Freight data feasibility study: progress report
|Publisher:||Department for Transport|
|Published date:||9 October 2007|
Haulage Industry Task Group
1.1 In the December 2005 Pre-Budget Report, the Government announced the setting up of the Haulage Industry Task Group. The purpose of the Task Group was to build a better understanding of the issues raised in the "Burns Inquiry" into fuel prices, freight taxes and foreign competition (published by the Road Haulage Association, RHA, and Freight Transport Association, FTA, in December 2005), and to extend the work begun by Burns into other areas affecting the haulage sector.
1.2 The Task Group consisted of officials from HM Treasury and the Department for Transport (DfT), Robbie Burns, Chairman of the Burns Inquiry and representatives from the RHA and FTA. Representatives from the Confederation of British Industry and the British Chambers of Commerce also attended a number of the meetings. A steering group jointly chaired by the Financial Secretary to the Treasury and the Minister of State for Transport oversaw the Task Group.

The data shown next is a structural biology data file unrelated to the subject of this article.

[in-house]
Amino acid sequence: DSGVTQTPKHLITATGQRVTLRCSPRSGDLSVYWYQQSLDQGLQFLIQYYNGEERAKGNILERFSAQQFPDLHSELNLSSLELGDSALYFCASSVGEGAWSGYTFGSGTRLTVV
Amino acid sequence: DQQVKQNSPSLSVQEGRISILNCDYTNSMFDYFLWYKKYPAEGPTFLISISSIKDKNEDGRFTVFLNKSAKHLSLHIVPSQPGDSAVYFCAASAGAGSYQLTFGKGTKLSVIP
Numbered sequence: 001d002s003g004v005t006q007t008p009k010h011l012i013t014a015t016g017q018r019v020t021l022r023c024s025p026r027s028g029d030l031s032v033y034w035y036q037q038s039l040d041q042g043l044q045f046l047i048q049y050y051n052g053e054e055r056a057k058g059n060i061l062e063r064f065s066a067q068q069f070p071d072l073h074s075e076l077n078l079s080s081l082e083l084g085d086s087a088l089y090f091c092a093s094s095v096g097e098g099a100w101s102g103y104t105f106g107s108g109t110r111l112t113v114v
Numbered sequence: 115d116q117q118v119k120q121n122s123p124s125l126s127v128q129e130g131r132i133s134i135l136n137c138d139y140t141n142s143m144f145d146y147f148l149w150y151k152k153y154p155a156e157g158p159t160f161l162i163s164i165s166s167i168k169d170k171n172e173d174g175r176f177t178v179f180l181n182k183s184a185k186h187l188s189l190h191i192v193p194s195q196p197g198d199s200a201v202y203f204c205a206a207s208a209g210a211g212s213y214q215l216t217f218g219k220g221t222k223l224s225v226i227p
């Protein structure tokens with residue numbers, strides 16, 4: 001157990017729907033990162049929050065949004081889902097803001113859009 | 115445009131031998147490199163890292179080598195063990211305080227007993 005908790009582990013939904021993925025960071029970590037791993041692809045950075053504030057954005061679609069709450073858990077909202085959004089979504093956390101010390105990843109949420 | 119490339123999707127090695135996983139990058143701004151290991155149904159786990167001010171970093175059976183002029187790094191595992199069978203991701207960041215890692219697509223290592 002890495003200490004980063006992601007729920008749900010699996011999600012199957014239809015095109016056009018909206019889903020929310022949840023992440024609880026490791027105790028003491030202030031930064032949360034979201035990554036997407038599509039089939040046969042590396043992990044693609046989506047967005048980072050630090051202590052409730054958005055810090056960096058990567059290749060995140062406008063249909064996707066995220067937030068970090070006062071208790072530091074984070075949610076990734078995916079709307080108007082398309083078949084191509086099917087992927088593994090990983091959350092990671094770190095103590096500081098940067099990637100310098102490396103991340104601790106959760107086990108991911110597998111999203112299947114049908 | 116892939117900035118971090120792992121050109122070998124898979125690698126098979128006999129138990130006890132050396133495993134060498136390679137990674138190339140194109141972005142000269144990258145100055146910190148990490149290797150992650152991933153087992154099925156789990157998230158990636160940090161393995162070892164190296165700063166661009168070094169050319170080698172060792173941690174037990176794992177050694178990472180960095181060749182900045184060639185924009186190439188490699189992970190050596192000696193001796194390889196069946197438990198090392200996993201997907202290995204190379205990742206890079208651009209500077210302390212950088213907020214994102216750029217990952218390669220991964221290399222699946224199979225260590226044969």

1.3 The Task Group enhanced the Government’s understanding of key issues within the sector and HM Treasury subsequently published a summary of the evidence gathered.
1.4 When examining the cost differentials between operators of large goods vehicles in the UK and their foreign counterparts, the Task Group found that the fuel tax differential is partially offset by lower labour taxes and other employer costs in the UK.
1.5 The Task Group also: